“We were sitting here as a coaching staff that night in the office after we had wiped back the tears, and I said to them we had probably worked 700 days to get to that Monday,” Peery recalled. “We had worked to build it and build it and built it to where we’d have a legitimate chance to win a national championship.”
In the end, there are no winners when it comes to this situation that developed from less than a minute of truly ugly behavior. Anyone that feels their side, Indian Hills or Southeastern, came out a winner in this truly doesn’t get it.
From Southeastern’s stanpoint, a postseason win and a berth in the regional final certainly didn’t come without controversy. Four Blackhawks were suspended for their roles in the brawl, the third straight year Southeastern has had to suspend players from postseason play, while the suspension of three fans has brought into question the safety measures in place to prevent another incident from occurring at Loren Walker Arena.
From Indian Hills’ stanpoint, two years of hard work by Jameel McKay, Dustin Hogue, Frank Williams, Trinson White, Ronnie Stevens, Gary Ross and Rawane Ndiaye ended in heartbreak with the postseason ban levied by the NJCAA. Ross, Richard Amardi and Jelan Kendrick also saw their opportunities to experience the joy of leading Indian Hills to meeting championship expectations lost because of a situation no matchup of rivals should ever end up in.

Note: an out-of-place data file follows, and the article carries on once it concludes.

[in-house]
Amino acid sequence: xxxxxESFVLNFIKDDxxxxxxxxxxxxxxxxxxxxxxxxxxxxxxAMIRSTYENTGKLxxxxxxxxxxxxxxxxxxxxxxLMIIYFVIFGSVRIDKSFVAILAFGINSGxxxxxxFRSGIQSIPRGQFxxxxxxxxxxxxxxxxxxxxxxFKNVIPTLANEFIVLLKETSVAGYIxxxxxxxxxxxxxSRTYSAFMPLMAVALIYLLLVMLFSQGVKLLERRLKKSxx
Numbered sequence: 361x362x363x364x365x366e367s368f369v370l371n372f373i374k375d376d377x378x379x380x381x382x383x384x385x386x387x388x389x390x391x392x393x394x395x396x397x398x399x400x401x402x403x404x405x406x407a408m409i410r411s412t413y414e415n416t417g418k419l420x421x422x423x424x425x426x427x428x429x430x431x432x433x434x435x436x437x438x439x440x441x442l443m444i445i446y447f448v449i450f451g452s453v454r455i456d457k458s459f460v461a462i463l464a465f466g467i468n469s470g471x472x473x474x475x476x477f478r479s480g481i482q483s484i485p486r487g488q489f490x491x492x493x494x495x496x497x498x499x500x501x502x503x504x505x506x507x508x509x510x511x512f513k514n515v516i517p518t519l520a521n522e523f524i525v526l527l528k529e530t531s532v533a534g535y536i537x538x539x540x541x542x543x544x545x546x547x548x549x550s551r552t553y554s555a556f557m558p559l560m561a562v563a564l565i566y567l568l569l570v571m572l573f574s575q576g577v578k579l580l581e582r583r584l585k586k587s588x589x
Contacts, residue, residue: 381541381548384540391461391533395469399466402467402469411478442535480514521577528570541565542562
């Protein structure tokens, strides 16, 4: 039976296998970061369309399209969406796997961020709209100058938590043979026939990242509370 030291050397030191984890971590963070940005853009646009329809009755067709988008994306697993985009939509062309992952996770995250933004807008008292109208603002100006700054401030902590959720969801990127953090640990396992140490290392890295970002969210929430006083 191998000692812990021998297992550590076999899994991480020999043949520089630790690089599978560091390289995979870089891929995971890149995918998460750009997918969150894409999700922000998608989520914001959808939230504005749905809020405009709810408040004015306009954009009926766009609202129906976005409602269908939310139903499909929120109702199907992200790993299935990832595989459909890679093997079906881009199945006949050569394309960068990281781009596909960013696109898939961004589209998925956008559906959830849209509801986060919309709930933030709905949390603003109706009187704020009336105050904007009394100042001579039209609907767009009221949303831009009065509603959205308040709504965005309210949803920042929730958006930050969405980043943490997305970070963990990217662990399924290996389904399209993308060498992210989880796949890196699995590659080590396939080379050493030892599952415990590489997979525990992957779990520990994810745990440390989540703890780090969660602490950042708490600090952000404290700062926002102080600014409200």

“It’s a true rivalry, so you have to expect some intensity,” Kendrick said of the rivalry. “The fans down there got a little rowdy, but we participated in it. I hate to pass up a chance to win a national championship, but if this is what has to happen, then it has to happen. It’s just a bad deal.”
“I just didn’t think there was much that could stop us. I didn’t think it would be hard to get the guys revved up for March,” Peery said.
March, instead, will come and go. Throughout college basketball, national champions will be crowned.
On Saturday, March 23, the National Junior College champion will be crowned in Hutchinson, Kan. It was the goal of 13 young men that that champion would be a team from Ottumwa donned in maroon and gold.
To lose that opportunity on the floor to another team would have been disappointing. To lose the opportunity off the floor like this, however, is truly unbelievable.
“I’ll never forget, from day one, Coach Peery telling us we had the chance to bring this town something it had never seen before in terms of excitement, swagger and confidence day in and day out,” Kendrick said. “I watched it grow and I watched it mature. I watched players bond together that I don’t think ever would have bonded together,” Kendrick said.
“I watched us gel and watched us peak right at the perfect team. Then, I watched it get swept away.”
Any views expressed in this column are not necessarily the views of the Ottumwa Courier. Got an item for the Scott Jackson’s Area Sports Notebook? Contact Jackson at email@example.com.